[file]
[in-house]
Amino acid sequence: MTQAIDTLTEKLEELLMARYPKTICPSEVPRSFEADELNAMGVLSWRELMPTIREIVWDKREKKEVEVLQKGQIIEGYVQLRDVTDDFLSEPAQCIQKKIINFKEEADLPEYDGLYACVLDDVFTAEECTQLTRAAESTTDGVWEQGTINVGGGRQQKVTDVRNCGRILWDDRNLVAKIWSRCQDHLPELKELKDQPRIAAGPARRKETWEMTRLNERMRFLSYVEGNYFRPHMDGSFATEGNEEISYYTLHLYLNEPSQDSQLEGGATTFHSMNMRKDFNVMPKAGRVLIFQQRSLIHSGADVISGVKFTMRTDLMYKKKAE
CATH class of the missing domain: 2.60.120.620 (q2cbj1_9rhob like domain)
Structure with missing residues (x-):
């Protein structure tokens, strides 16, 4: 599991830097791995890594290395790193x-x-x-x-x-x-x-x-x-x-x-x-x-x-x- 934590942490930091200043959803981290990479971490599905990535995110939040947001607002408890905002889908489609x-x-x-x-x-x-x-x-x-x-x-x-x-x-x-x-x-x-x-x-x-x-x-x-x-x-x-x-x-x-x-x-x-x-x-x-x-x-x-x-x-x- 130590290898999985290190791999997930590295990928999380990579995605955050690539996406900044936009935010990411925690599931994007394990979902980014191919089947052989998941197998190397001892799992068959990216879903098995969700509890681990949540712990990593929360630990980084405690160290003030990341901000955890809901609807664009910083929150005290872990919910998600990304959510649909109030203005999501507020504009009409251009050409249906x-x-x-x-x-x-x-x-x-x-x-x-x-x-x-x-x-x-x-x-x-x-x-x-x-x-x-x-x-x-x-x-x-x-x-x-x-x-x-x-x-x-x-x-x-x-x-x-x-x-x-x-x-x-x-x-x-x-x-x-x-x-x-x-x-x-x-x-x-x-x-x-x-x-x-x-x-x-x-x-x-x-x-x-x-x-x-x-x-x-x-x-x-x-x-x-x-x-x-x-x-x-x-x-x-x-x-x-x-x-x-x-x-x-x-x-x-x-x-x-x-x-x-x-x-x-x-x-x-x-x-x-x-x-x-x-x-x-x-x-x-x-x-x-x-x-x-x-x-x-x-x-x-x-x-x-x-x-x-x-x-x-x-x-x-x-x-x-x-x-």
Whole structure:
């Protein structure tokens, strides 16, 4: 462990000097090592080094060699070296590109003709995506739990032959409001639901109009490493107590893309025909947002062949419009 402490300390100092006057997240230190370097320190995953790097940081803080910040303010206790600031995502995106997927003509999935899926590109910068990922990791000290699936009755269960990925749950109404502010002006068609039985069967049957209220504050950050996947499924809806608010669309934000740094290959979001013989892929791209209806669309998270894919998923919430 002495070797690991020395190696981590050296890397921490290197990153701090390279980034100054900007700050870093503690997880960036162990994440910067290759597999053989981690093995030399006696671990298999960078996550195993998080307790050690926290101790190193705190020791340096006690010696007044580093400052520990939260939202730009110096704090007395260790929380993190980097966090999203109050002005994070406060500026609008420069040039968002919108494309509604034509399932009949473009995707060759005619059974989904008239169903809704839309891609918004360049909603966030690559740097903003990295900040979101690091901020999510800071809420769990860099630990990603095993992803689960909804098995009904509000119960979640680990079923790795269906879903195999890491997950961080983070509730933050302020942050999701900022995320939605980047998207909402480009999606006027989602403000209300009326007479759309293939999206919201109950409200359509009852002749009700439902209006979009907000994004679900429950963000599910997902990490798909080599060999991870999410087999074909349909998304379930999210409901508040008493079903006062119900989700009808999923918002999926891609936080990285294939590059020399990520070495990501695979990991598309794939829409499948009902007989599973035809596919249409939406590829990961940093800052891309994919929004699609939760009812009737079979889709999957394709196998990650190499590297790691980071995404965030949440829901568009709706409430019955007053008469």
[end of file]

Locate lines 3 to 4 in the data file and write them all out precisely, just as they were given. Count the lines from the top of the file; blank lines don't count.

CATH class of the missing domain: 2.60.120.620 (q2cbj1_9rhob like domain)
Structure with missing residues (x-):